Cratered street a source of frustration among residents

Photo by Sue Suchyta

Photo by Sue Suchyta

Dundee Street resident Michael Candela addresses Riverview city officials Monday.

Sunday Times Newspapers

RIVERVIEW – Dundee Street residents travel a rough road.

The city doesn’t have the money to fix their crater-covered thoroughfare, and most residents are leery of a special assessment to provide a short-term fix during tough economic times.

Last week’s snow hid the potholes, but didn’t smooth the ride.

Michael Candela, who lives in the 14000 block, recently submitted a petition to the City Council with the signatures of seven of the 50 homeowners requesting the resurfacing of Dundee through a special assessment, as allowed through the city’s code of ordinances.

In a packed study session hastily moved to the larger council chambers Monday, residents listened in quiet frustration as they heard a familiar message from the mayor: Funds just were not available to fix their street.

In addition to Candela, several residents took turns sharing their frustrations and concerns with the mayor and council.

“We’ve explained on several occasions that we have no money,” Mayor Tim Durand said. “We’ve facing a deficit of about a million and a half dollars this year, not unlike many other cities … our property values continue to fall; we’ve being faced with declining revenues from the county tax base; we’ve lost our largest employer …we’ve lost state revenue sharing – so it’s been more or less a ‘perfect storm.’”

The mayor said the cheapest way for homeowners to provide a self-funded,m short term fix for their street would be to “cap it” with asphalt at a cost of about $6,000 apiece. Officials stated, though, that capping only provides a six- to seven-year fix, and is not the ideal way to do it.

The cost to completely repair the entire street is estimated at over $500,000, which doesn’t include a water main fix.

Candela said the city should be responsible for the repairs, since it was responsible for the street’s deterioration.

Durand reiterated that the city has no money to repair the street. He said the most recent city street repairs cost $8.6 million — $10 million after interest — which should be paid in 2014 or 2015.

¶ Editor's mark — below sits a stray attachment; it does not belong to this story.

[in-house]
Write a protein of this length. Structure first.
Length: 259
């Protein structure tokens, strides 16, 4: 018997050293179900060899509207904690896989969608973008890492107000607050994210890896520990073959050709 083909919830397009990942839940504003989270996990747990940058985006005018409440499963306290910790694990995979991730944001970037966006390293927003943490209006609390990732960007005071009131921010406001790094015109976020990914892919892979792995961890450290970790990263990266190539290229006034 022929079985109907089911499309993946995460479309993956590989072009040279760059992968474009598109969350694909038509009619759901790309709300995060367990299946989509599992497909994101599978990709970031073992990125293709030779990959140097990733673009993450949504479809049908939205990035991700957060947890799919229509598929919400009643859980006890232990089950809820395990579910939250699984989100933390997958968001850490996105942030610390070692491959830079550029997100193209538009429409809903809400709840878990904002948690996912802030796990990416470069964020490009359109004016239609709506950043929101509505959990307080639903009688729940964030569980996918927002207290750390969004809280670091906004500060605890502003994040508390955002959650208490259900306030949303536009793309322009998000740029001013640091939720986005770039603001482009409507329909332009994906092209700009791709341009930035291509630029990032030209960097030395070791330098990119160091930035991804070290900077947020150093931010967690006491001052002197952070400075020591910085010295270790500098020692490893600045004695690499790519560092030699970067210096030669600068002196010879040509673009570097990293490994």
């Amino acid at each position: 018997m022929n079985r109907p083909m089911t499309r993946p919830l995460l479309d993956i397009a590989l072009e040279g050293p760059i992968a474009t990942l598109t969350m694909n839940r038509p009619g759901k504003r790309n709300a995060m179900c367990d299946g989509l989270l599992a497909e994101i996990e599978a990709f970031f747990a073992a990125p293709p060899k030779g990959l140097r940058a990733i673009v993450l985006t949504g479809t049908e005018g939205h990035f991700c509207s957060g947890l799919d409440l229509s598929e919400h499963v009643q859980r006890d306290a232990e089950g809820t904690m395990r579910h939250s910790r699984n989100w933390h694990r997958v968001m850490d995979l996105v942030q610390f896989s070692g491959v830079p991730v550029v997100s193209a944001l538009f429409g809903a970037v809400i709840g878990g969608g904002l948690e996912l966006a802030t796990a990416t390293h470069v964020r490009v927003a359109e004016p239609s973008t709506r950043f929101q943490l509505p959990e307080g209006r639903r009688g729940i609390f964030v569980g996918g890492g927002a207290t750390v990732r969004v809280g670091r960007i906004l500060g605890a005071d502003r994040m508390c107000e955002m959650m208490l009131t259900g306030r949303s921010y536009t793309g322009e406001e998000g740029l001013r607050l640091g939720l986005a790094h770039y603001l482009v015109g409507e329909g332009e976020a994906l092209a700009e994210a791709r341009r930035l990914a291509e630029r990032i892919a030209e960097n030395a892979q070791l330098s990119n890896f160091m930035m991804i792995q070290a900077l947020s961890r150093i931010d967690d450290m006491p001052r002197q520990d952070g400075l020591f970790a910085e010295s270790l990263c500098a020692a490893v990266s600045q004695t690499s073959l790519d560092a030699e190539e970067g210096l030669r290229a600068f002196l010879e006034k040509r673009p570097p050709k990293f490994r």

“That’s when we hope and pray that things are better in this economy, and that we can go on with the next step,” Durand said.

Durand also said that with only seven of 50 households signing the petition for a special assessment, the city would not proceed, and that at least half of the households would need to agree in order for the city to consider a special assessment.

“I talked to some people who are not interested in a special assessment right now because of their own personal finances,” Durand said.

He also clarified that the “local streets” item on residents’ tax bills is to pay the debt back for previous street repairs.

“Whether you look at it or not, you’re driving down the value of our homes,” Candela said.

Durand acknowledged the paradox, saying that as property values declined, taxes decreased for residents, but the city ultimately collected less money to pay for its needs.

“The property values have fallen, and the tax receipts have fallen,” he said.

Sue Jones asked if the ends of the street could be fixed where there are the most potholes.

“It looks like a veritable war zone,” she said. “You just cringe.”

Durand said the city is looking at providing asphalt at the ends of the street instead of just continuing to provide cold patches. He said a special assessment would not be done if just the ends of the street were repaired.